What is a garden without the song of the birds? I know I am not alone in selecting plants and landscaping practices that encourage the presence of wildlife, most especially a motley crew of feathered friends.
Not only are these animals a welcome auditory addition to my garden, they also bring unexpected spots and flutters of color that add real variety to flowers and grasses.
As Rocky Balboa puts it so succinctly, the birds look like “flying candy.” Well said, Rock. Well said. This is what is to come: Common types of wild birds and the ways attract them.
We’ll take a look at the species you’re likely to see visiting your garden year-round and briefly mention how to attract them to your garden. Let’s dive in and see more about backyard birds!
Before you start considering what backyard birds you’re likely to see, it’s a good idea to consider where you are geographically.
People from the Northeast will have a completely different set of visitors than those from the American Southwest, and once you start adding mountain ranges and bodies of water into the equation, you’ll have even more variety to consider.
A good resource to have on hand is an identification field guide. While much of that information may be available online, it’s much easier (and faster) to identify a bird by flipping through a few pages of a book rather than looking it up online.
Maybe I’m old fashioned about it, but I’m more comfortable with a book than a device. Having said that, it’s great to take your field notes with you at the end of the day, to find even more detailed information online, through a deeper resource.
A book that focuses on a huge area will provide only general information, while a book that laser-focuses on a narrower geographic region will provide much more specific information about the birds you’re looking to identify in your backyard.
Kaufman’s Field Guide to the Birds of North America is an excellent all-purpose identification guide and is vinyl-bound for durability. Written by Kenn Kaufman, this is a generalized book that covers all of North America, so it contains tons of information.
Kaufman Field Guide to Birds of North America
As for region-specific guides, my best suggestion is to find a locally written guide at a local bookstore. They are usually written by devoted birders who have first-hand experience with birds throughout their region.
National Audubon Society Field Guide to North American Birds: Eastern Region
Other than that though, I’ve had great luck with the National Audubon Society guides in every category.
National Audubon Society Field Guide to North American Birds, Western Region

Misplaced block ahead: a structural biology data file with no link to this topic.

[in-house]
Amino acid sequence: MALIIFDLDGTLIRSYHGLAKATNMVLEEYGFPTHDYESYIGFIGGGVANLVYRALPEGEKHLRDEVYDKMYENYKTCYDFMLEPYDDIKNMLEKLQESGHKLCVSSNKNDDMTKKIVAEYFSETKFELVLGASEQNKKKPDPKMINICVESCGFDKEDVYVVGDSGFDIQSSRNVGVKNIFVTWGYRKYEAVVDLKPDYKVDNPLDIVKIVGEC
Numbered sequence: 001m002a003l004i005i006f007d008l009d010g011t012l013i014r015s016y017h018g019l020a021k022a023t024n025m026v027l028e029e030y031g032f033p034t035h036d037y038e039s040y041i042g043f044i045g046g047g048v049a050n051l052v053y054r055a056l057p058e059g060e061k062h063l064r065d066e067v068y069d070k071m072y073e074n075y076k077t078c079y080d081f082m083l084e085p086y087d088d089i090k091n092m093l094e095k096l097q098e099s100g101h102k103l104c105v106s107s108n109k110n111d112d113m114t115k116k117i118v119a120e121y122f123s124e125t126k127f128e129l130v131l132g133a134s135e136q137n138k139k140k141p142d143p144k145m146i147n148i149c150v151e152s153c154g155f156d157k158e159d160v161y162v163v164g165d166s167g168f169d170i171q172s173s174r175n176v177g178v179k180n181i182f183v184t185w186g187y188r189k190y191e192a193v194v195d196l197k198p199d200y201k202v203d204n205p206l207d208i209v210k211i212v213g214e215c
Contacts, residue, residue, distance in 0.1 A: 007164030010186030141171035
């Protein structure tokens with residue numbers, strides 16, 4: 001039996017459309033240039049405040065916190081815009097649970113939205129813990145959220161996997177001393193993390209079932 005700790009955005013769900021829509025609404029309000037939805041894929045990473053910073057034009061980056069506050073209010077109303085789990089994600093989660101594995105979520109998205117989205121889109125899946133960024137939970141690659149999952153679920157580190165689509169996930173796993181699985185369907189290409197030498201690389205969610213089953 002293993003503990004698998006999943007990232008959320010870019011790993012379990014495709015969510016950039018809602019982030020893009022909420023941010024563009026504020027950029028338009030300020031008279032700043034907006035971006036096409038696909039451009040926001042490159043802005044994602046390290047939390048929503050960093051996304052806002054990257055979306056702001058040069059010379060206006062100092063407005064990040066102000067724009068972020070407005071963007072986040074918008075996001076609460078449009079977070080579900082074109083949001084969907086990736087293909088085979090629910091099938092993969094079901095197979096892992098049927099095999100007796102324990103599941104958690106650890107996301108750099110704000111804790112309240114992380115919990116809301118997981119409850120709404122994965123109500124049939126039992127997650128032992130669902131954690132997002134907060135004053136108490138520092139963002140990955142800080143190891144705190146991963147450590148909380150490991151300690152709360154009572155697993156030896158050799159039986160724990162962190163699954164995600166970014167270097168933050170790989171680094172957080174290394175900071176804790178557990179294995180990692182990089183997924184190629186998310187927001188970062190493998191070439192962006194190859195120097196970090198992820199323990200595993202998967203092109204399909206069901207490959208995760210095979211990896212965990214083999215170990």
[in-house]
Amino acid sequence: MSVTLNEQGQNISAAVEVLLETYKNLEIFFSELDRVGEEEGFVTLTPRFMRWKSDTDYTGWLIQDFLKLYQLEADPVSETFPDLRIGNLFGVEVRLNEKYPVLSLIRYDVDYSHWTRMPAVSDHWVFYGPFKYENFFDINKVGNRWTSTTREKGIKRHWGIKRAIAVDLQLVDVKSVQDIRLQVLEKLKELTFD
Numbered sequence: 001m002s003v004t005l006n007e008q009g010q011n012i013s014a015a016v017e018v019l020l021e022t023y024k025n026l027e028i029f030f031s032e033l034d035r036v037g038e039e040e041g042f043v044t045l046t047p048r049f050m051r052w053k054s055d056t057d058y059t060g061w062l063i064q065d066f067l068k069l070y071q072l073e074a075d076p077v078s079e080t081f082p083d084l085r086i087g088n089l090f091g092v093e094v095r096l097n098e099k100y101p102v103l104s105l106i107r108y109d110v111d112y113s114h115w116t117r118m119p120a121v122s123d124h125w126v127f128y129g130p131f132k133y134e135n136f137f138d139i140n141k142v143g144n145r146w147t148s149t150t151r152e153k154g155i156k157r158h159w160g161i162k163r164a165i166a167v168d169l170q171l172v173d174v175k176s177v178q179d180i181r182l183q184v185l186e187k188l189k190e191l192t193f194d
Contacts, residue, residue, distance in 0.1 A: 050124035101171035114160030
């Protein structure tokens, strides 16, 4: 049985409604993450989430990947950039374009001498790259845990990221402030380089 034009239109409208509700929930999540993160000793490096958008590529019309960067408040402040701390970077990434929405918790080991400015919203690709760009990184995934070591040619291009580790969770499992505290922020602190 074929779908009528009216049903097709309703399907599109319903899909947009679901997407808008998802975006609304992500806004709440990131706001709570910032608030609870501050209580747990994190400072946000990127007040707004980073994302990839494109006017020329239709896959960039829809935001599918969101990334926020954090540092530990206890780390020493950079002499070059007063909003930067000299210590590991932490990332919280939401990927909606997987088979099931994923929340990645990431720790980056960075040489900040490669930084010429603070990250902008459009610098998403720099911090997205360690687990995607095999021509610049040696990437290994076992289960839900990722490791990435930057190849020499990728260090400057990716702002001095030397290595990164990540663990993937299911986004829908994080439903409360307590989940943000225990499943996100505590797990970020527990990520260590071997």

This book is relatively compact, wear and tear resistant, and provides excellent information in an easy-to-search presentation. Don’t worry, I have both options available for you here, available through Amazon:
For something very specific, Peterson’s Field Guide to Foraging Birds of Eastern North America is just as good as identifying foraging birds from your kitchen window or a garden seat.
Peterson’s Field Guide to the Foraging Birds of Eastern North America. However, Roger Tory Peterson’s guide is less useful for species that are not particularly attracted to feeders, so you will miss out on some opportunities to identify some visitors.
You should expect to find a variety of seed mixes available. But they are not one size fits all.
When I first started feeding birds, I expected all species to eat anything they could stick their beaks into. It turns out that birds are as picky as a five-year-old in a nice restaurant.
Here’s a quick breakdown of the types of seeds you’ll find in a mix, and a few other options:
- Sunflower: You will find three varieties of sunflower seeds. Black oilseeds have a thin shell and can be chewed by almost anything, while striped sunflower seeds have a much harder shell and have a more limited list of species that will eat them. Peeled sunflower seeds are pre-peeled. This means much less clutter, but they are also much more expensive.
- Thistle/Nyjer: Tiny seeds preferred by goldfinches, thistle seeds can be very invasive. The solution is to heat the seeds before distributing them to limit their chances of taking root. Nyjer seeds are produced from a different plant (Guizotia abyssinica) that is less invasive than thistle, but these two can be used interchangeably.